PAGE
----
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Posted at 5:30 AM ET, 06/20/2010

Teacher: 'Worst year in the classroom' in decades

By Valerie Strauss

This is just one of the many desperate emails and letters from teachers that education historian Diane Ravitch receives each day as she travels the country talking about the folly of the Obama administration’s $4 billion Race to the Top and overall education vision. It was written by Gary A. Groth, a National Board Certified Teacher and Middle Childhood Generalist at Mariposa Elementary School in Port St. Lucie, Florida, who gave me permission to publish it:

From Gary Groth:
"As a classroom teacher with 30+ years experience, I just completed the absolute worst year in the classroom I have ever endured (and it was NOT the fault of my students--they were great).

"This year I was told what to teach, when to teach, how to teach, how long to teach, who to teach, who not to teach, and how often to test. My students were assessed with easily more than 120 tests of one shape or another within the first 6 months of the school year.

"My ability to make decisions about what is best for my students was taken away by an overzealous attempt to impose 'consistency' within my grade group. My school hired an outside consultant who threatened us with our jobs, demanded that everyone comply, and required us to submit data on test results on a weekly basis. If your class didn’t do well, you were certainly going to be in trouble.

"In addition, my class was visited at least twice a month by the consultant, two superintendents, principal, assistant principal, reading coach, math coach, and sometimes even more people. If I was not teaching exactly what they wanted to see, I was in trouble.

"My ability to have any academic freedom was completely taken away and my students were denied the best education I could provide for them. Please understand, my credentials are impeccable. I am board certified, have a masters degree in educational leadership, have been documented with the highest scores on my team, and absolutely love what I do. I want to be a teacher, but just can not continue within this toxic educational environment.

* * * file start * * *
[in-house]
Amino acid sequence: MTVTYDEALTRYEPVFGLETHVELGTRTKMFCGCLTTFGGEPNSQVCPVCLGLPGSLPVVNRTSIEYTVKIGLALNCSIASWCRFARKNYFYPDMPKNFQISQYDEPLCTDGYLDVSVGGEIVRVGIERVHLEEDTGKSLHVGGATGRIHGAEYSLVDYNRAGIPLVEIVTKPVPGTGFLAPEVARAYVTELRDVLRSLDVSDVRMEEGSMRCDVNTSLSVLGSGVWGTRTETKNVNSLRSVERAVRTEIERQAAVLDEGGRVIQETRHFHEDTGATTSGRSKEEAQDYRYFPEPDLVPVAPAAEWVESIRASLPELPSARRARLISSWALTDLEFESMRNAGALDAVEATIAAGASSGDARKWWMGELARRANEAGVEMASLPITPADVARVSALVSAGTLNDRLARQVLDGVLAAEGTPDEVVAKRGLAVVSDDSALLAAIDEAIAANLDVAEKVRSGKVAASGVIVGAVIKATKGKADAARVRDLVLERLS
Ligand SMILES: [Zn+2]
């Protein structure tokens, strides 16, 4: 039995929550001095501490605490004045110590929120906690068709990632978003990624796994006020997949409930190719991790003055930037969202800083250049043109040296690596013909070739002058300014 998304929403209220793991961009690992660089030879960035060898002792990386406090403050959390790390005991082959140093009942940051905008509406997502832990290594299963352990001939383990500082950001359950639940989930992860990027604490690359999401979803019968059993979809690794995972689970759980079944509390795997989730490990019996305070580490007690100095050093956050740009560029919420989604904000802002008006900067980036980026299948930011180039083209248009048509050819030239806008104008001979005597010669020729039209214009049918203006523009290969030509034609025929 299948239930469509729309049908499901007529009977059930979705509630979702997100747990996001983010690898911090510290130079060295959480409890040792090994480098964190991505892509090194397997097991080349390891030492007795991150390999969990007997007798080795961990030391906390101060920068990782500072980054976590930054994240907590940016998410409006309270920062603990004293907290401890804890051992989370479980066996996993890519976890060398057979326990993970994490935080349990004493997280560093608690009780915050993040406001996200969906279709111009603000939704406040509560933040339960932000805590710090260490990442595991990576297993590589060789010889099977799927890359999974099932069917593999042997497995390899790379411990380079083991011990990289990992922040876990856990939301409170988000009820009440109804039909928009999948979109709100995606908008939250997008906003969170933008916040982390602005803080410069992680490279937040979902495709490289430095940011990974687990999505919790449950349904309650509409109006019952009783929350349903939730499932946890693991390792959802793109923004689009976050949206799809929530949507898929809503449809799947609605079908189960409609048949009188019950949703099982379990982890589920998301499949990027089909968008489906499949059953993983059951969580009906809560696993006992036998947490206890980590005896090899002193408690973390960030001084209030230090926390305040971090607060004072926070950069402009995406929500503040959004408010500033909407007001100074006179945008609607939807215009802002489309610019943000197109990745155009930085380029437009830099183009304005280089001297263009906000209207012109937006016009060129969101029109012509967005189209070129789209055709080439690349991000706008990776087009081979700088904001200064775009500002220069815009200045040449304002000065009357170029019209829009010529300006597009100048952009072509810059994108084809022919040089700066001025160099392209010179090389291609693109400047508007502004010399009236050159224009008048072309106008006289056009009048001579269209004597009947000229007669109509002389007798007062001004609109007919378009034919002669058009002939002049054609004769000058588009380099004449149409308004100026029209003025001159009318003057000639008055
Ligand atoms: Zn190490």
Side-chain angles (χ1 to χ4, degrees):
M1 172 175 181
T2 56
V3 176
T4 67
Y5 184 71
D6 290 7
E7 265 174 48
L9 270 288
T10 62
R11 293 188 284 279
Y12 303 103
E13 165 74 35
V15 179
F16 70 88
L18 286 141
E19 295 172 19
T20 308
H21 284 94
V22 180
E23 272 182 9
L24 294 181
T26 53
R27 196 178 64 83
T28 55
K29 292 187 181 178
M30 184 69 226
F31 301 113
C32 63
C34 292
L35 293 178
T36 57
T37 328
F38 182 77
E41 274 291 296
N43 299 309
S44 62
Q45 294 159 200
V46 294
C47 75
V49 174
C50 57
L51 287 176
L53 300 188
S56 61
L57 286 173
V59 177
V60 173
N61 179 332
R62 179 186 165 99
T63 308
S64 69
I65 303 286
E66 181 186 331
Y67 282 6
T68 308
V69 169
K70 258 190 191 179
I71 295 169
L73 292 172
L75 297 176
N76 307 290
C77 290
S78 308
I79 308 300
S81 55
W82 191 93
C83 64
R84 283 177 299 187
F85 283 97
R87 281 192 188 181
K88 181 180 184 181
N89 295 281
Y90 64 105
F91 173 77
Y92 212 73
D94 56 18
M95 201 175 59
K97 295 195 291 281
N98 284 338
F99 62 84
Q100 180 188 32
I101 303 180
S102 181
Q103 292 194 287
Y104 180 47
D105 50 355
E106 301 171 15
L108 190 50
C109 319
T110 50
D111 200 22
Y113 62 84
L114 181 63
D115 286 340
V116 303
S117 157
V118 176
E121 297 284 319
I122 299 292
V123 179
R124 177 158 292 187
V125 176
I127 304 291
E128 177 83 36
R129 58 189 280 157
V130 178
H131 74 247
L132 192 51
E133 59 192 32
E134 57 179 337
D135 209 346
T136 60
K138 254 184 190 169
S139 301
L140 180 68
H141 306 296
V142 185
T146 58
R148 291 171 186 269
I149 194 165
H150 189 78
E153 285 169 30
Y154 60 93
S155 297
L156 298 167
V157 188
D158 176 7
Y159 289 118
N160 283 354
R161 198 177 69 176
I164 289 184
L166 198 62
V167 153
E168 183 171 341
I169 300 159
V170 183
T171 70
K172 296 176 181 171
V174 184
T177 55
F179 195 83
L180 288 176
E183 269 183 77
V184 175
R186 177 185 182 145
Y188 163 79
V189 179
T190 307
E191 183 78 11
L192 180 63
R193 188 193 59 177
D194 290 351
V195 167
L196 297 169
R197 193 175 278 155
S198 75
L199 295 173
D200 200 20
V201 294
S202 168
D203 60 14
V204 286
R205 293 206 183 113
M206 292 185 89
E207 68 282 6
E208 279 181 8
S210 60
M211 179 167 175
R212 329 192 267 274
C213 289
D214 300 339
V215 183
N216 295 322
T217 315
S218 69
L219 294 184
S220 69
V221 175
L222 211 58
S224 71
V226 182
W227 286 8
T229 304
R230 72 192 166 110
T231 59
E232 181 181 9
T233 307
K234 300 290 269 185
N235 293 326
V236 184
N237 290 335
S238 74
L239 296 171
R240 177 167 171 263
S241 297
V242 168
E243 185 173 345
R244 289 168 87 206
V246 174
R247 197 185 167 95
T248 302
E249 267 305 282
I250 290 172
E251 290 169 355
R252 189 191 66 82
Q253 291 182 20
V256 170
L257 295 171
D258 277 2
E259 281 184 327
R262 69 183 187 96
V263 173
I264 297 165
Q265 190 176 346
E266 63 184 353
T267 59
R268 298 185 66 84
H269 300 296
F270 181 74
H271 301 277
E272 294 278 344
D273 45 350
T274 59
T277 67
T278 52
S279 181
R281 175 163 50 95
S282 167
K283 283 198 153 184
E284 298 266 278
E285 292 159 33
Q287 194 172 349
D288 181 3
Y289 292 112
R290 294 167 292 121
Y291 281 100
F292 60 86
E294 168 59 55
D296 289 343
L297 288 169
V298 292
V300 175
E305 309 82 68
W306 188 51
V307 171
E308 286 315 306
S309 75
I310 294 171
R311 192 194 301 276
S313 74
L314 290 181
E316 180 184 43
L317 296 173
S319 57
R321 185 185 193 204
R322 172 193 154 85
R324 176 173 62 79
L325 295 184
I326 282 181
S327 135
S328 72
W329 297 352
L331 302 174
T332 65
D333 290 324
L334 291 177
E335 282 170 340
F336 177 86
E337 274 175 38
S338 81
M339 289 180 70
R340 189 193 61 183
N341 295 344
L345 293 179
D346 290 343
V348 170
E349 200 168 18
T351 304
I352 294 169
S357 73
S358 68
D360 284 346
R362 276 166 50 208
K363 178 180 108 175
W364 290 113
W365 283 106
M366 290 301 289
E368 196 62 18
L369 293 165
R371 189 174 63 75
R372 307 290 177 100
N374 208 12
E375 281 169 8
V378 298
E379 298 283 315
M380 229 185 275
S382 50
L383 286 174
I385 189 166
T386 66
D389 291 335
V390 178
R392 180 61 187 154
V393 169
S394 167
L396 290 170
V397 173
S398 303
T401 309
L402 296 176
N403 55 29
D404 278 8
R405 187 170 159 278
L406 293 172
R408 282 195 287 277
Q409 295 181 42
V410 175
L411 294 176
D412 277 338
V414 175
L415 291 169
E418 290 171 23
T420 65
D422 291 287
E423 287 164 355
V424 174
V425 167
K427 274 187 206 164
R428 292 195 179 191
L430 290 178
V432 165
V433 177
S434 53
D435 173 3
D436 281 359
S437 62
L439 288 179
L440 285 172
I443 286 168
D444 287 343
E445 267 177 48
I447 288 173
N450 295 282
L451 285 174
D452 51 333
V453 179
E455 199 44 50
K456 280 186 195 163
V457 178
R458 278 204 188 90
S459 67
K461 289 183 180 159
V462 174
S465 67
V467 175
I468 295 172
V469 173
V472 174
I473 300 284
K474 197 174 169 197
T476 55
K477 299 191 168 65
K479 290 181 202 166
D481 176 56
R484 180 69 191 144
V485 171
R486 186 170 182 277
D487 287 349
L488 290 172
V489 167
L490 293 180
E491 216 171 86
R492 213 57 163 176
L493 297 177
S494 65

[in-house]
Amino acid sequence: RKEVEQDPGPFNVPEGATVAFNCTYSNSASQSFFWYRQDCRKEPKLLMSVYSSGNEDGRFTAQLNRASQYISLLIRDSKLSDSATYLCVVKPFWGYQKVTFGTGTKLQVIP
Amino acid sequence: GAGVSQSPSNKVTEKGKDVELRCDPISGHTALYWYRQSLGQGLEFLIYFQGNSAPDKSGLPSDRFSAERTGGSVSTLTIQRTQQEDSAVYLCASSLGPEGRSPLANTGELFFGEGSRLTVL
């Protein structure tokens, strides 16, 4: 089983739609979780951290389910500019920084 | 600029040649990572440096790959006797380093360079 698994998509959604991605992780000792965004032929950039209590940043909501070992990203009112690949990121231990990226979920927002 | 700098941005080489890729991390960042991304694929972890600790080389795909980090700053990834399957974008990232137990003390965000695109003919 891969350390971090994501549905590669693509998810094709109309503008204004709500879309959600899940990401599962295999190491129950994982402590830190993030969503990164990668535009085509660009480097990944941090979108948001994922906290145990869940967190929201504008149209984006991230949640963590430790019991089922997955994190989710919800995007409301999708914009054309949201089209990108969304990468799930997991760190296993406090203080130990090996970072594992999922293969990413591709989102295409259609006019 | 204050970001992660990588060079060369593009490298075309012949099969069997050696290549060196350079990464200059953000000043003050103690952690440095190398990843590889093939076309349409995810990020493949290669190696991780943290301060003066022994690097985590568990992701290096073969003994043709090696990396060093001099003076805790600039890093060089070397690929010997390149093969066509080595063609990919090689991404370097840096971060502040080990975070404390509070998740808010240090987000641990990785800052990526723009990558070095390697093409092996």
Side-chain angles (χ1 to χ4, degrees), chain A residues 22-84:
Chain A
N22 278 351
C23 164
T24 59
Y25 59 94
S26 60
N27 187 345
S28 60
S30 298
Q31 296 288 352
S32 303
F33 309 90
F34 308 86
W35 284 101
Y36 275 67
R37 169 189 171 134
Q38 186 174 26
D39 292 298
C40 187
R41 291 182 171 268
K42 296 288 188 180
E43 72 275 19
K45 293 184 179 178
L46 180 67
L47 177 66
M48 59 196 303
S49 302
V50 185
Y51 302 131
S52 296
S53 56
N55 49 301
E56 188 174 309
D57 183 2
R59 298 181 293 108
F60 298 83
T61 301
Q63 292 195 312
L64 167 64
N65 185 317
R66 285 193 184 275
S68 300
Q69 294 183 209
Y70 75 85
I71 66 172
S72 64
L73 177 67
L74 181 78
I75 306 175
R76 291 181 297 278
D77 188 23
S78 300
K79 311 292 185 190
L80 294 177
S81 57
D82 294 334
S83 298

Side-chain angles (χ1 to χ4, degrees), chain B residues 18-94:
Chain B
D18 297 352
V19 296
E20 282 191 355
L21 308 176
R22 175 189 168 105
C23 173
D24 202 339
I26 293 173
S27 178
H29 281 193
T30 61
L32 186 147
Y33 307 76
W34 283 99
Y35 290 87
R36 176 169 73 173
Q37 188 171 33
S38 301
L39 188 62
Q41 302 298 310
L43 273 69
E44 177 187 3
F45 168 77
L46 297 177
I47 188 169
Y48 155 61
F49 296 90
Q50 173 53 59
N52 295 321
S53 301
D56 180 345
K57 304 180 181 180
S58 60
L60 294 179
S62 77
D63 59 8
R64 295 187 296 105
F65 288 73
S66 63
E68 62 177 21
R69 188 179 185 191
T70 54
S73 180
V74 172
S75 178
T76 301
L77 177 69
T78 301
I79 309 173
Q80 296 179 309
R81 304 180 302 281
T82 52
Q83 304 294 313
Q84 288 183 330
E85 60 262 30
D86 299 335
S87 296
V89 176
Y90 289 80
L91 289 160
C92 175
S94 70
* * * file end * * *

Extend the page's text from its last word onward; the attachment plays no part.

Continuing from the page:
"This year I have tried to speak out against these many disgusting practices of testing, teaching to the test, or as you called it 'institutionalized cheating.' I have felt like a voice in the wilderness. The response has been, 'Get used to it. It is what is coming down the pike.'

"We are in desperate need of voices like yours to bring sanity back to education. Please, please, please continue to speak out about this debacle and help us restore the focus of education back to the child and NOT the test score. I will enthusiastically share your article with fellow educators in an effort to save the future of public school education. I just wish I could do more.

"If you have any other positive suggestions as to what I can do to help, please let me know. Thank you for speaking out. Let’s hope it is not too late."

Respectfully submitted,
Gary A. Groth
National Board Certified Teacher, Middle Childhood Generalist
Mariposa Elementary School
Port St. Lucie, FL


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By Valerie Strauss  | June 20, 2010; 5:30 AM ET
Categories:  Race to the Top, Teachers  | Tags:  board certified teacher, diane ravitch, race to the top, teachers  
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The irony in all this is that districts want "highly qualified" teachers, then they take away any autonomy that teacher may have. Why bother with qualified teachers if they won't be allowed to use their expertise? It is indeed discouraging--particularly when you are asked to teach material that is developmentally inappropriate using methods that have been proven to be unsuccessful. It's almost as if teachers are intentionally being set up for failure. Could this ultimately be the goal? Make public schools fail so that they can be privatized? Is this really a case of the free market gone too far?